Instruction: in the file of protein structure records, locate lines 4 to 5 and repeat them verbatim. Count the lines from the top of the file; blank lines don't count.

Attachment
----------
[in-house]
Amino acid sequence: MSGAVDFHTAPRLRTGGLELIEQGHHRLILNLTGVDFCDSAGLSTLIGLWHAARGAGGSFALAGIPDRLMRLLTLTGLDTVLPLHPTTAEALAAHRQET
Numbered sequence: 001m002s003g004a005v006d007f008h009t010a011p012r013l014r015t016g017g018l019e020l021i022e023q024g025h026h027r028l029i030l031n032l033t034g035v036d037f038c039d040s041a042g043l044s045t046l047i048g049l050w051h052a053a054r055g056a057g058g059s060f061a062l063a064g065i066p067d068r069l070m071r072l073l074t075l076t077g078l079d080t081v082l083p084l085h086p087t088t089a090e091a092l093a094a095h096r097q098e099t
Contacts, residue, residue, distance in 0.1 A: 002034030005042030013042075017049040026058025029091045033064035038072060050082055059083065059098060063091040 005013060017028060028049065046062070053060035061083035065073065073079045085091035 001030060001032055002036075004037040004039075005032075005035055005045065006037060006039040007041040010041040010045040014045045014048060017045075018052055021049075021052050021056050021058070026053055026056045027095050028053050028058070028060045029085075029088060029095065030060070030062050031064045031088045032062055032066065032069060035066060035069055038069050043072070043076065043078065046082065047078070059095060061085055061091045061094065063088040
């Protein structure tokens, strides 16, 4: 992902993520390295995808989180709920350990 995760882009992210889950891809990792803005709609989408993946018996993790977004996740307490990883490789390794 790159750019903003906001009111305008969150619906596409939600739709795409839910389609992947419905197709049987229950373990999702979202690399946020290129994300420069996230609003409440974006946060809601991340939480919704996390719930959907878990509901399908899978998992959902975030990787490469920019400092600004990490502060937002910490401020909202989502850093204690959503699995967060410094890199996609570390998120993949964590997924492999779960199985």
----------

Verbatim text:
Contacts, residue, residue, distance in 0.1 A: 002034030005042030013042075017049040026058025029091045033064035038072060050082055059083065059098060063091040 005013060017028060028049065046062070053060035061083035065073065073079045085091035 001030060001032055002036075004037040004039075005032075005035055005045065006037060006039040007041040010041040010045040014045045014048060017045075018052055021049075021052050021056050021058070026053055026056045027095050028053050028058070028060045029085075029088060029095065030060070030062050031064045031088045032062055032066065032069060035066060035069055038069050043072070043076065043078065046082065047078070059095060061085055061091045061094065063088040
């Protein structure tokens, strides 16, 4: 992902993520390295995808989180709920350990 995760882009992210889950891809990792803005709609989408993946018996993790977004996740307490990883490789390794 790159750019903003906001009111305008969150619906596409939600739709795409839910389609992947419905197709049987229950373990999702979202690399946020290129994300420069996230609003409440974006946060809601991340939480919704996390719930959907878990509901399908899978998992959902975030990787490469920019400092600004990490502060937002910490401020909202989502850093204690959503699995967060410094890199996609570390998120993949964590997924492999779960199985």